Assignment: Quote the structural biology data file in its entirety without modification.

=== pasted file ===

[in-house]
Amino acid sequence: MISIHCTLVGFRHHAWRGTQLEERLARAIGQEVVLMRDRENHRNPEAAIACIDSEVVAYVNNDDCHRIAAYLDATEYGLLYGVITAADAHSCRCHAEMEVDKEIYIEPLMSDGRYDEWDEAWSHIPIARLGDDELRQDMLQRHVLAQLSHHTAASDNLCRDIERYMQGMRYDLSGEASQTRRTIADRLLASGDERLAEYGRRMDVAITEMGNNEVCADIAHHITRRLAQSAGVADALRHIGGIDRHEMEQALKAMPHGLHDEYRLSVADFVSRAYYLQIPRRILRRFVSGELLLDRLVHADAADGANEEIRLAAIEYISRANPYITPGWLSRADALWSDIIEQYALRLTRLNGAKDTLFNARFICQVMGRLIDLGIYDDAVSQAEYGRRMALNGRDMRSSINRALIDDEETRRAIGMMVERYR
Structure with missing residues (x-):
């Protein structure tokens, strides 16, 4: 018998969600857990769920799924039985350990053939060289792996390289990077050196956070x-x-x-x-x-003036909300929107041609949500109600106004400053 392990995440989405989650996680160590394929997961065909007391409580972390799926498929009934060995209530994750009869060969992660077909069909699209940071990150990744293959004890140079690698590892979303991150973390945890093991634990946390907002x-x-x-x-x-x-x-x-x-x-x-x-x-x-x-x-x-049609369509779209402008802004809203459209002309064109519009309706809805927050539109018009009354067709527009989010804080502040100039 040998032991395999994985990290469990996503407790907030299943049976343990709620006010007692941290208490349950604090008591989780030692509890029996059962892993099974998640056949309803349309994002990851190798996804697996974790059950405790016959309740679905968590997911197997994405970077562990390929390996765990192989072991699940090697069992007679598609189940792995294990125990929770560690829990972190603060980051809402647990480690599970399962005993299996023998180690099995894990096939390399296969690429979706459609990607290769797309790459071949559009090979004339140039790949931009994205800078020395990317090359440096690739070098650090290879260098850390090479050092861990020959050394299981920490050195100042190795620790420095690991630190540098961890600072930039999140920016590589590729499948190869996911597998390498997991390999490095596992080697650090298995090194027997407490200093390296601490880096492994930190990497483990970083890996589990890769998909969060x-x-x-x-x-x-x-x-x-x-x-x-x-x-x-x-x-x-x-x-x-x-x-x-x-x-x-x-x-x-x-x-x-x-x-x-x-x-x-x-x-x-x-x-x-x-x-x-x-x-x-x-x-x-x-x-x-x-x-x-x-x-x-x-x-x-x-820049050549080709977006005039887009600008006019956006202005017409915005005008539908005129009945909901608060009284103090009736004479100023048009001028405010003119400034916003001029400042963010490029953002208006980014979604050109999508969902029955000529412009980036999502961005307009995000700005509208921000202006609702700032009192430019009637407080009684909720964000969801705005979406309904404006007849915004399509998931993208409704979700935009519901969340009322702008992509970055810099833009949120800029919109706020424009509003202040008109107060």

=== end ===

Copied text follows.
[in-house]
Amino acid sequence: MISIHCTLVGFRHHAWRGTQLEERLARAIGQEVVLMRDRENHRNPEAAIACIDSEVVAYVNNDDCHRIAAYLDATEYGLLYGVITAADAHSCRCHAEMEVDKEIYIEPLMSDGRYDEWDEAWSHIPIARLGDDELRQDMLQRHVLAQLSHHTAASDNLCRDIERYMQGMRYDLSGEASQTRRTIADRLLASGDERLAEYGRRMDVAITEMGNNEVCADIAHHITRRLAQSAGVADALRHIGGIDRHEMEQALKAMPHGLHDEYRLSVADFVSRAYYLQIPRRILRRFVSGELLLDRLVHADAADGANEEIRLAAIEYISRANPYITPGWLSRADALWSDIIEQYALRLTRLNGAKDTLFNARFICQVMGRLIDLGIYDDAVSQAEYGRRMALNGRDMRSSINRALIDDEETRRAIGMMVERYR
Structure with missing residues (x-):
């Protein structure tokens, strides 16, 4: 018998969600857990769920799924039985350990053939060289792996390289990077050196956070x-x-x-x-x-003036909300929107041609949500109600106004400053 392990995440989405989650996680160590394929997961065909007391409580972390799926498929009934060995209530994750009869060969992660077909069909699209940071990150990744293959004890140079690698590892979303991150973390945890093991634990946390907002x-x-x-x-x-x-x-x-x-x-x-x-x-x-x-x-x-049609369509779209402008802004809203459209002309064109519009309706809805927050539109018009009354067709527009989010804080502040100039 040998032991395999994985990290469990996503407790907030299943049976343990709620006010007692941290208490349950604090008591989780030692509890029996059962892993099974998640056949309803349309994002990851190798996804697996974790059950405790016959309740679905968590997911197997994405970077562990390929390996765990192989072991699940090697069992007679598609189940792995294990125990929770560690829990972190603060980051809402647990480690599970399962005993299996023998180690099995894990096939390399296969690429979706459609990607290769797309790459071949559009090979004339140039790949931009994205800078020395990317090359440096690739070098650090290879260098850390090479050092861990020959050394299981920490050195100042190795620790420095690991630190540098961890600072930039999140920016590589590729499948190869996911597998390498997991390999490095596992080697650090298995090194027997407490200093390296601490880096492994930190990497483990970083890996589990890769998909969060x-x-x-x-x-x-x-x-x-x-x-x-x-x-x-x-x-x-x-x-x-x-x-x-x-x-x-x-x-x-x-x-x-x-x-x-x-x-x-x-x-x-x-x-x-x-x-x-x-x-x-x-x-x-x-x-x-x-x-x-x-x-x-x-x-x-x-820049050549080709977006005039887009600008006019956006202005017409915005005008539908005129009945909901608060009284103090009736004479100023048009001028405010003119400034916003001029400042963010490029953002208006980014979604050109999508969902029955000529412009980036999502961005307009995000700005509208921000202006609702700032009192430019009637407080009684909720964000969801705005979406309904404006007849915004399509998931993208409704979700935009519901969340009322702008992509970055810099833009949120800029919109706020424009509003202040008109107060």